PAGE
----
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      Location of Resistance Arteries

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          Abstract

          Thickening and narrowing of resistance arteries must, by definition, be key elements in the control of the cardiovascular system. However, the precise location of resistance arteries is difficult to establish. This is due to technical problems related to the small size of the vessels, to the measurement conditions disturbing the hemodynamics, and to the status of the animals while the measurements are being made. Furthermore, due to large data heterogeneity, previous studies do not give unequivocal information concerning the pressure profile in the vascular system, or the level of arterial diameter responsible for blood flow. Finally, and importantly, there is little evidence regarding the conscious state, which is thus a major limitation to understanding the mechanisms of blood distribution and the pathogenesis for disease processes such as genetic hypertension. This review first summarizes briefly the techniques which are available for identifying resistance arteries and the inherent technical limitations which are involved. The review then provides a critical assessment of the available data, both as regards measurement of local blood pressures and as regards control of peripheral resistance. The evidence suggests that, at least as regards rats and other small animals, feed arteries as well as more distal microvessels contribute to the maintenance and regulation of blood flow and resistance. Evidence from larger animals is however lacking, and it is thus unclear if resistance function should be based on arterial diameter or anatomic location. Furthermore, evidence concerning man is not available. We therefore conclude the review with suggestions for future research in this area.

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          Responses of femoral resistance vessels to angiotensin in vitro.

          The effect of angiotensin II and angiotensin I on isolated rat resistance vessels (inner diameter ca. 200 micron) was investigated. Angiotensin II caused a contraction (ED50 = 0.58 +/- 0.17 X 10(-8) M) of rat femoral and cerebral arteries and to a lesser extent of mesenteric and renal arteries. However, all vessels showed strong tachyphylaxis on repeated stimulation with angiotensin II. Tachyphylaxis was avoided by inducing submaximal tone in the vessels with either K, noradrenaline or serotonin. The response to angiotensin II was inhibited by saralasin but not by captopril. Angiotensin I also caused contraction of the femoral arteries (ED50 = 2.68 +/- 0.32 X 10(-8) M). These responses were inhibited by captopril and saralasin. Functional removal of the endothelium had little effect on the contractile responses to either angiotensin I or II. These results indicate that there are functional receptors to angiotensin II in the resistance vessels of the rat and that, in the presence of tone (a more physiological condition), the vessels contract to angiotensin II without tachyphylaxis. In addition, angiotensin II may be formed from angiotensin I by the angiotensin converting enzyme which may be situated in the vessel wall as well as in the endothelium.
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            Vascular effects of oxygen-derived free radicals

             G Rubanyi (1988)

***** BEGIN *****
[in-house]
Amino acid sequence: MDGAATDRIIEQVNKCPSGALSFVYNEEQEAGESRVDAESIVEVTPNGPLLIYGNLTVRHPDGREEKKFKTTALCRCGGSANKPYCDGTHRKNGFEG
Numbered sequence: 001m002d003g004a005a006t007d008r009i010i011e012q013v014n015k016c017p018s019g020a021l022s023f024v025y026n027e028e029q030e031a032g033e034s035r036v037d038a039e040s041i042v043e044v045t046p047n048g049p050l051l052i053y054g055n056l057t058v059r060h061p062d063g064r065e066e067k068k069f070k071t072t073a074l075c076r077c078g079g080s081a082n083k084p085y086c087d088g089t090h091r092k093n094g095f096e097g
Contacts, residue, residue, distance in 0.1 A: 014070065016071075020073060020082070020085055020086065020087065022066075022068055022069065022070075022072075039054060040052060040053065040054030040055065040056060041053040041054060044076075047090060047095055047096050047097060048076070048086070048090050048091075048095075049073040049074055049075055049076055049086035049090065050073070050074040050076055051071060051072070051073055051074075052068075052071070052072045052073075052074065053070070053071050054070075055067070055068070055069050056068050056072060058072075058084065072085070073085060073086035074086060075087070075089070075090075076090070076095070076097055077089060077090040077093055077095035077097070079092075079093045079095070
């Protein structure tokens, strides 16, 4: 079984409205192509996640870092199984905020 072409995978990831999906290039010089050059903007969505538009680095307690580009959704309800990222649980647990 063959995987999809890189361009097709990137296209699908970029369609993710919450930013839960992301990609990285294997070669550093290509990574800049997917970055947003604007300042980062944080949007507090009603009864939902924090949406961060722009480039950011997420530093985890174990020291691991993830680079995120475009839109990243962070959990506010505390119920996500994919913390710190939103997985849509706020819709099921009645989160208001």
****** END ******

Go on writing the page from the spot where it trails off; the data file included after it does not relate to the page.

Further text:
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              Author and article information

              Journal
              JVR
              J Vasc Res
              10.1159/issn.1018-1172
              Journal of Vascular Research
              S. Karger AG
              1018-1172
              1423-0135
              2001
              February 2001
              08 February 2001
              : 38
              : 1
              : 1-12
              Affiliations
              Department of Pharmacology, University of Aarhus, Denmark
              Article
              51024 J Vasc Res 2001;38:1–12
              10.1159/000051024
              11173989
              © 2001 S. Karger AG, Basel

              Copyright: All rights reserved. No part of this publication may be translated into other languages, reproduced or utilized in any form or by any means, electronic or mechanical, including photocopying, recording, microcopying, or by any information storage and retrieval system, without permission in writing from the publisher. Drug Dosage: The authors and the publisher have exerted every effort to ensure that drug selection and dosage set forth in this text are in accord with current recommendations and practice at the time of publication. However, in view of ongoing research, changes in government regulations, and the constant flow of information relating to drug therapy and drug reactions, the reader is urged to check the package insert for each drug for any changes in indications and dosage and for added warnings and precautions. This is particularly important when the recommended agent is a new and/or infrequently employed drug. Disclaimer: The statements, opinions and data contained in this publication are solely those of the individual authors and contributors and not of the publishers and the editor(s). The appearance of advertisements or/and product references in the publication is not a warranty, endorsement, or approval of the products or services advertised or of their effectiveness, quality or safety. The publisher and the editor(s) disclaim responsibility for any injury to persons or property resulting from any ideas, methods, instructions or products referred to in the content or advertisements.

              Page count
              Figures: 4, Tables: 1, References: 71, Pages: 12
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